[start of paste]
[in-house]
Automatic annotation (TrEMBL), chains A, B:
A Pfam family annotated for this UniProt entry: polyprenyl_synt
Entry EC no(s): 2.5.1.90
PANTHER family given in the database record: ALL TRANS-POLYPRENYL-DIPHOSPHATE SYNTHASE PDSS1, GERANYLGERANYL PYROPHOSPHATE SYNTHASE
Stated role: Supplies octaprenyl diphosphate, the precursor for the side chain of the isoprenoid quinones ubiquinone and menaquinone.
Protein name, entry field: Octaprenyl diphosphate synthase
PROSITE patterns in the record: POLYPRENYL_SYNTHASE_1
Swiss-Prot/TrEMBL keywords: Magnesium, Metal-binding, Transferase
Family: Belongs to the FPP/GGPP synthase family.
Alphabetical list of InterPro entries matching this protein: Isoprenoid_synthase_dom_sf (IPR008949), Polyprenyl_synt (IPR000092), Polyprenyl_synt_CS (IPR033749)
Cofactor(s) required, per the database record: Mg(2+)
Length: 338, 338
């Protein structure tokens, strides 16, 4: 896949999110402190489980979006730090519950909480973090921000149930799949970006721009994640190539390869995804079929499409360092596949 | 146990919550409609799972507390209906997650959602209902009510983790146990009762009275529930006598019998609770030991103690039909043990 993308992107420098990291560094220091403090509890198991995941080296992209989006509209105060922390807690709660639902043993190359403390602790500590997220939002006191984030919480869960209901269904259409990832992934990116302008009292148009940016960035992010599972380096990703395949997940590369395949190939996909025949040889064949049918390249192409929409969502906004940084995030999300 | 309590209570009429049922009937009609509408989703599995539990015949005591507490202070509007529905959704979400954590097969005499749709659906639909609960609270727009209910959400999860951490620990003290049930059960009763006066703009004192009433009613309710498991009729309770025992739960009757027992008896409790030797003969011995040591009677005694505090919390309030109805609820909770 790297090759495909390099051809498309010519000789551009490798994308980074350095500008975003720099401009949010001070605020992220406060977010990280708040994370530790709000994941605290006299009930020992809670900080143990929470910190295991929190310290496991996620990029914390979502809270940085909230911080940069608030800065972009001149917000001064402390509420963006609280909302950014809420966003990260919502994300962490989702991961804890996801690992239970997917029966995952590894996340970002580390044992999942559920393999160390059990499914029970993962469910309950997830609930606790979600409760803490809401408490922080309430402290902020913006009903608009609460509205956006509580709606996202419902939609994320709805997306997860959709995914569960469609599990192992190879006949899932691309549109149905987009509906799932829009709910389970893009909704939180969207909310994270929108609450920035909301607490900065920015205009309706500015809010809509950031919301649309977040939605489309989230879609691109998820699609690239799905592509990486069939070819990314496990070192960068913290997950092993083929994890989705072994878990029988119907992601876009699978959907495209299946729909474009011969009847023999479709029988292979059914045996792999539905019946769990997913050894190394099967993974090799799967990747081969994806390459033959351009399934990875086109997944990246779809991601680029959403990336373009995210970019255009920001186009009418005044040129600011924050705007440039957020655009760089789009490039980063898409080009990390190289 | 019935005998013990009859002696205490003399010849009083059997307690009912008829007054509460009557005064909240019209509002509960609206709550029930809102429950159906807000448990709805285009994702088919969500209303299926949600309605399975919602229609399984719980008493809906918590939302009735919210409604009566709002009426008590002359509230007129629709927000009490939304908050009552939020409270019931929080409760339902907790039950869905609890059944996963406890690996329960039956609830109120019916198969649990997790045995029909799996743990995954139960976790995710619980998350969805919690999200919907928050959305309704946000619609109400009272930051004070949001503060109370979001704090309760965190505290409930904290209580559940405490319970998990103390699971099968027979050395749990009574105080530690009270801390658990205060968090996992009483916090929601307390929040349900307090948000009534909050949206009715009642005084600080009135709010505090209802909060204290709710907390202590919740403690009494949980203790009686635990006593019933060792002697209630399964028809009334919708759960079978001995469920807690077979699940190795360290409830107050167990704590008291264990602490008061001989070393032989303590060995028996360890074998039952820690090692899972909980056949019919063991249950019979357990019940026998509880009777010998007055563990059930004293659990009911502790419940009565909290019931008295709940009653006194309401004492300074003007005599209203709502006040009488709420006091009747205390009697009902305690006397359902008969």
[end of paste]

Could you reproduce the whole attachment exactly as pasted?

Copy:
[in-house]
Automatic annotation (TrEMBL), chains A, B:
A Pfam family annotated for this UniProt entry: polyprenyl_synt
Entry EC no(s): 2.5.1.90
PANTHER family given in the database record: ALL TRANS-POLYPRENYL-DIPHOSPHATE SYNTHASE PDSS1, GERANYLGERANYL PYROPHOSPHATE SYNTHASE
Stated role: Supplies octaprenyl diphosphate, the precursor for the side chain of the isoprenoid quinones ubiquinone and menaquinone.
Protein name, entry field: Octaprenyl diphosphate synthase
PROSITE patterns in the record: POLYPRENYL_SYNTHASE_1
Swiss-Prot/TrEMBL keywords: Magnesium, Metal-binding, Transferase
Family: Belongs to the FPP/GGPP synthase family.
Alphabetical list of InterPro entries matching this protein: Isoprenoid_synthase_dom_sf (IPR008949), Polyprenyl_synt (IPR000092), Polyprenyl_synt_CS (IPR033749)
Cofactor(s) required, per the database record: Mg(2+)
Length: 338, 338
């Protein structure tokens, strides 16, 4: 896949999110402190489980979006730090519950909480973090921000149930799949970006721009994640190539390869995804079929499409360092596949 | 146990919550409609799972507390209906997650959602209902009510983790146990009762009275529930006598019998609770030991103690039909043990 993308992107420098990291560094220091403090509890198991995941080296992209989006509209105060922390807690709660639902043993190359403390602790500590997220939002006191984030919480869960209901269904259409990832992934990116302008009292148009940016960035992010599972380096990703395949997940590369395949190939996909025949040889064949049918390249192409929409969502906004940084995030999300 | 309590209570009429049922009937009609509408989703599995539990015949005591507490202070509007529905959704979400954590097969005499749709659906639909609960609270727009209910959400999860951490620990003290049930059960009763006066703009004192009433009613309710498991009729309770025992739960009757027992008896409790030797003969011995040591009677005694505090919390309030109805609820909770 790297090759495909390099051809498309010519000789551009490798994308980074350095500008975003720099401009949010001070605020992220406060977010990280708040994370530790709000994941605290006299009930020992809670900080143990929470910190295991929190310290496991996620990029914390979502809270940085909230911080940069608030800065972009001149917000001064402390509420963006609280909302950014809420966003990260919502994300962490989702991961804890996801690992239970997917029966995952590894996340970002580390044992999942559920393999160390059990499914029970993962469910309950997830609930606790979600409760803490809401408490922080309430402290902020913006009903608009609460509205956006509580709606996202419902939609994320709805997306997860959709995914569960469609599990192992190879006949899932691309549109149905987009509906799932829009709910389970893009909704939180969207909310994270929108609450920035909301607490900065920015205009309706500015809010809509950031919301649309977040939605489309989230879609691109998820699609690239799905592509990486069939070819990314496990070192960068913290997950092993083929994890989705072994878990029988119907992601876009699978959907495209299946729909474009011969009847023999479709029988292979059914045996792999539905019946769990997913050894190394099967993974090799799967990747081969994806390459033959351009399934990875086109997944990246779809991601680029959403990336373009995210970019255009920001186009009418005044040129600011924050705007440039957020655009760089789009490039980063898409080009990390190289 | 019935005998013990009859002696205490003399010849009083059997307690009912008829007054509460009557005064909240019209509002509960609206709550029930809102429950159906807000448990709805285009994702088919969500209303299926949600309605399975919602229609399984719980008493809906918590939302009735919210409604009566709002009426008590002359509230007129629709927000009490939304908050009552939020409270019931929080409760339902907790039950869905609890059944996963406890690996329960039956609830109120019916198969649990997790045995029909799996743990995954139960976790995710619980998350969805919690999200919907928050959305309704946000619609109400009272930051004070949001503060109370979001704090309760965190505290409930904290209580559940405490319970998990103390699971099968027979050395749990009574105080530690009270801390658990205060968090996992009483916090929601307390929040349900307090948000009534909050949206009715009642005084600080009135709010505090209802909060204290709710907390202590919740403690009494949980203790009686635990006593019933060792002697209630399964028809009334919708759960079978001995469920807690077979699940190795360290409830107050167990704590008291264990602490008061001989070393032989303590060995028996360890074998039952820690090692899972909980056949019919063991249950019979357990019940026998509880009777010998007055563990059930004293659990009911502790419940009565909290019931008295709940009653006194309401004492300074003007005599209203709502006040009488709420006091009747205390009697009902305690006397359902008969």